Day Three – Of Big Bhajis and Bigger Botanies
Started the day in Little India this morning. First stop was the wet market, so called due to the tiling – the floors are sprayed down at the end of the day, to clear out the detritus and what have you – the leavings of the day’s business. Every few feet was a different olfactory experience – 100’s of kilos of seafood on ice – grouper the size of your arm, squid ranging from a hand’s length up to double that of the fish, crabs and prawns of various colours and chitinous masses – and then on to onion bhaji’s the size of your fist, jackfruit as big as your chest.
Past the spice, fish and vegetable stalls were row upon row of tiffans, the smells of cookery quickly overpowering the raw fish of a few dozen metres away. Definitely tempting, and I’m sure that it would be fine given the country, but this is the sort of thing that you steer clear of India, lest the Delhi Belly strike in earnest.
Unlike most of what I’d seen thus far, people in this district were less likely to dress in a Western fashion. Men and women both dressed in an ethnic Indian fashion, whether it be sari and sarong or more Islam-oriented, just as often as they were wearing a button-down and khakis.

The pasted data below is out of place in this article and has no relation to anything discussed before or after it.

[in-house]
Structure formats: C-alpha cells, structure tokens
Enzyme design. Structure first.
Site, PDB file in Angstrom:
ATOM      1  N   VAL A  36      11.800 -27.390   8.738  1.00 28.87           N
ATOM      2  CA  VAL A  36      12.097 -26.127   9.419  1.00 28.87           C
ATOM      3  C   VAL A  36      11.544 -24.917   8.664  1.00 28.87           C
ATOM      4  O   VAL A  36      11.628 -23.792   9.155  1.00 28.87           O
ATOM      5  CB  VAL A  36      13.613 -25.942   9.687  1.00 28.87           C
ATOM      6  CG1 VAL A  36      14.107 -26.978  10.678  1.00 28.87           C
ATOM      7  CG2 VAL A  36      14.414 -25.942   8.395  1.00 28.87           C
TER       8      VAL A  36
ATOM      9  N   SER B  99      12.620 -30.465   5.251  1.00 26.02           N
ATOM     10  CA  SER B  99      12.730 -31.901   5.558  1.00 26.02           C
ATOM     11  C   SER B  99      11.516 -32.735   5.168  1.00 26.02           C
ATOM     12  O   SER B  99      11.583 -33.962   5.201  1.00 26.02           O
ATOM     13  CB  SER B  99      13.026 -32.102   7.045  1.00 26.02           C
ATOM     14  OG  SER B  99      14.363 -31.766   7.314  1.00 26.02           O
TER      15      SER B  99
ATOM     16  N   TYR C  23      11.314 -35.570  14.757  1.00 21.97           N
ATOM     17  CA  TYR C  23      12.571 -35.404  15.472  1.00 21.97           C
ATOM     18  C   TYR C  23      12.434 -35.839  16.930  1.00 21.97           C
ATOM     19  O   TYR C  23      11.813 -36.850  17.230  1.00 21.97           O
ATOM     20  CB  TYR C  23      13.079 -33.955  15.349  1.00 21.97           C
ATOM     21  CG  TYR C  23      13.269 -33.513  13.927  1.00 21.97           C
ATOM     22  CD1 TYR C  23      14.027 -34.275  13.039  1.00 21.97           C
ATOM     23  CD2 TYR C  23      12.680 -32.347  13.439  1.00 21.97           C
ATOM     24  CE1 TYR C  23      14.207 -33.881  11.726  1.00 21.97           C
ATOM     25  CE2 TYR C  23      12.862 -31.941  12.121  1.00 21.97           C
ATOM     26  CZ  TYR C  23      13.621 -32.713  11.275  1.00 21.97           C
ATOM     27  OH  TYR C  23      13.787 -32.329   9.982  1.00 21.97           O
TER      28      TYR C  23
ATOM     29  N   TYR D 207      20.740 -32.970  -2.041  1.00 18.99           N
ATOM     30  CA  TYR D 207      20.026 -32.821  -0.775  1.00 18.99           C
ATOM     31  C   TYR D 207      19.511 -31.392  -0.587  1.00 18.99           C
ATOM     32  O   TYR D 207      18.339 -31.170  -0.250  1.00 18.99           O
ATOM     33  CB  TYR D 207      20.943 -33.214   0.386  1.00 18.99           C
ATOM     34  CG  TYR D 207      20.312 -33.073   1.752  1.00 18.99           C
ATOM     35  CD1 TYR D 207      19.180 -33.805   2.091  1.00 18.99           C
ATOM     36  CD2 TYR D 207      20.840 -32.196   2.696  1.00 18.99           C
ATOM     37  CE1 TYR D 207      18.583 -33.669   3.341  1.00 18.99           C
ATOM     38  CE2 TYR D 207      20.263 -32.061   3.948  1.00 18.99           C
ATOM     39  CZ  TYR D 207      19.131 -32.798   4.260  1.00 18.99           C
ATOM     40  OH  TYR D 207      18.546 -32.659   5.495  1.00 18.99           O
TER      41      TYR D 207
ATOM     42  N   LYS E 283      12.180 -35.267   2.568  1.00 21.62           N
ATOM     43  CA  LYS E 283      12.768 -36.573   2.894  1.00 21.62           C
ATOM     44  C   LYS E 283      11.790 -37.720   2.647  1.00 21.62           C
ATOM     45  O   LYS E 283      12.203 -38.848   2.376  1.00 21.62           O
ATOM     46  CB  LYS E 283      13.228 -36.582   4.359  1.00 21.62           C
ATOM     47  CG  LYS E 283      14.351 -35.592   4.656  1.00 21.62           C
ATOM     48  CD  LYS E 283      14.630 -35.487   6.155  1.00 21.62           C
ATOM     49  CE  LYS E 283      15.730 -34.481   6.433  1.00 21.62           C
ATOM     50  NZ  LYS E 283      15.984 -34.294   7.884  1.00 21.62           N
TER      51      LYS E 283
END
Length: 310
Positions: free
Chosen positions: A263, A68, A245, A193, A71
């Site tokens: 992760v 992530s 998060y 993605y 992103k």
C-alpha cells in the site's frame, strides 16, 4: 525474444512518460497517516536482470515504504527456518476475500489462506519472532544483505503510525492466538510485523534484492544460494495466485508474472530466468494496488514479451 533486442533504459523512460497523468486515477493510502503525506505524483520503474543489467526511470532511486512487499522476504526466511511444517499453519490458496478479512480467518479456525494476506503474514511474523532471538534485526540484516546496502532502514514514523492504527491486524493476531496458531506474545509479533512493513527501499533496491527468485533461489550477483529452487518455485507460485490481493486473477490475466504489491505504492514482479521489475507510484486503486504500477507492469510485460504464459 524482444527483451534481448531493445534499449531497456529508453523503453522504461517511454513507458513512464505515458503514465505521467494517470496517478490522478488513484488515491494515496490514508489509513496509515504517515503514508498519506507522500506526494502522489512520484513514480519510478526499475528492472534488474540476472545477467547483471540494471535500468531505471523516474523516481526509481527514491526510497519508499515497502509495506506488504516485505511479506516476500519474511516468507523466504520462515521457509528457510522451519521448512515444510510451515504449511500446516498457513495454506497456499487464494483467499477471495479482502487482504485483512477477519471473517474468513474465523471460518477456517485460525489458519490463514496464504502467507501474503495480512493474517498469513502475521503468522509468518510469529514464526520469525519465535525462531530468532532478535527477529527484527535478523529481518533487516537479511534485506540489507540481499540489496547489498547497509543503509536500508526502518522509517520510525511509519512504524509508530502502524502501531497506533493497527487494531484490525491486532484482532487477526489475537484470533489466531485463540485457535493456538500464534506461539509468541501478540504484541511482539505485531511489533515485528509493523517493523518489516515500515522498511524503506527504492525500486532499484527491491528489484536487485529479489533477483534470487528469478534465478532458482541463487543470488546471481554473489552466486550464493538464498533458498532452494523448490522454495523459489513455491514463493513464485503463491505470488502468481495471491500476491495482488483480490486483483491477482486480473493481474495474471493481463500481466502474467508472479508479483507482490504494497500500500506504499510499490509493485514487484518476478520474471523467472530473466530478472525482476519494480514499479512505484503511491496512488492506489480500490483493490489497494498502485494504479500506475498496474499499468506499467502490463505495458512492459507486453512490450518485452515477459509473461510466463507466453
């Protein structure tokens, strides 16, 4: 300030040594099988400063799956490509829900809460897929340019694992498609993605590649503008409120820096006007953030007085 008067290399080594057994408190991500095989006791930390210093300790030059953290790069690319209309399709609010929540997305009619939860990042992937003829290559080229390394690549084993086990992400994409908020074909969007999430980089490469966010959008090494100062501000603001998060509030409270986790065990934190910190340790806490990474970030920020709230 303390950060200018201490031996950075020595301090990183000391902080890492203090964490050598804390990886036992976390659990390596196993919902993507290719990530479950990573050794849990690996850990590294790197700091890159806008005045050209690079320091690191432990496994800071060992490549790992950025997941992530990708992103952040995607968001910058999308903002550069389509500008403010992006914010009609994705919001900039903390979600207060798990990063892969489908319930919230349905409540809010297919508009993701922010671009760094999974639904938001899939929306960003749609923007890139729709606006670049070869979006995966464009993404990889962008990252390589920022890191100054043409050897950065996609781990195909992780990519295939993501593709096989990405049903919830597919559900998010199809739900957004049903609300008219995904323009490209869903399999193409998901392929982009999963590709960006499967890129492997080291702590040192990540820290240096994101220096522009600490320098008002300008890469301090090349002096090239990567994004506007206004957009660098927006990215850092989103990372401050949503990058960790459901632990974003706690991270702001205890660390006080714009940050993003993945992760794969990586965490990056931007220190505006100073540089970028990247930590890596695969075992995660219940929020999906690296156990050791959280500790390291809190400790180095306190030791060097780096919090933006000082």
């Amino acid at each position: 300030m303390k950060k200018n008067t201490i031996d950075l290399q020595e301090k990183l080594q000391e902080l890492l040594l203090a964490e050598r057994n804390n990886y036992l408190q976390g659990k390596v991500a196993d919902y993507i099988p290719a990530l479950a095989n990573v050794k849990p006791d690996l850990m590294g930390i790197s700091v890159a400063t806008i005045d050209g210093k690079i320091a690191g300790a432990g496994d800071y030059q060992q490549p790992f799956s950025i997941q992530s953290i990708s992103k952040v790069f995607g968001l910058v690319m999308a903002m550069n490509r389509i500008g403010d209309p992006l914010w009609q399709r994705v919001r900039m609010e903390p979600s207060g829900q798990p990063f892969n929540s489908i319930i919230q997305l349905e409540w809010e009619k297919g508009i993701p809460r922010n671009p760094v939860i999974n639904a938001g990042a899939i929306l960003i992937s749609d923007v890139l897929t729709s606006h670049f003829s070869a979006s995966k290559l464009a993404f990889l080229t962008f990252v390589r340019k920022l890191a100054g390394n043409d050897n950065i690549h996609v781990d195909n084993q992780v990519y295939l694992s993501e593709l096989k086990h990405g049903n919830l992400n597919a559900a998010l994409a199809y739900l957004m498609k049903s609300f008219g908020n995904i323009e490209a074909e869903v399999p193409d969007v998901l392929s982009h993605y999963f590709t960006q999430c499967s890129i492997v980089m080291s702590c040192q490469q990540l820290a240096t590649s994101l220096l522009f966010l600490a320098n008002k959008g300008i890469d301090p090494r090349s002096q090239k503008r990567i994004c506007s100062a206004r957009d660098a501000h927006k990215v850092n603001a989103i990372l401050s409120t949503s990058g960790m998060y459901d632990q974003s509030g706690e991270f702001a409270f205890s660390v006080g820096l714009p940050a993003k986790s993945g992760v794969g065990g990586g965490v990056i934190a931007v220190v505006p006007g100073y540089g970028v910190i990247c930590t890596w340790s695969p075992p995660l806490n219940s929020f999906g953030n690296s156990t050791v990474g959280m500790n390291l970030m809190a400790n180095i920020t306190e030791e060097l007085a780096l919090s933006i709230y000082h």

The second level of the wet market was sartorially oriented, reminiscent of the bright fabrics of Arab Street a few days back. It was striking how small the dresses were cut – many of course were made for children, pre-cut suits and fitted dresses in eye popping colours – but just as many again were made for adults, and such small adults at that! Certainly not for the European standard.
After leaving the market, we strolled down a few streets. Similar in lay-out to Arab Street, with the covered walk onto which the narrow shops fronted, this area was just as much for local supply as for tourists. There were the standard tchotchkes and tourist trinkets, but also elaborate ornamental flower arrangements, open-faced terracotta lanterns, and incense all intended for puja, gold necklaces, arm bands, rings by the hundred, and saris and bolts of cloth.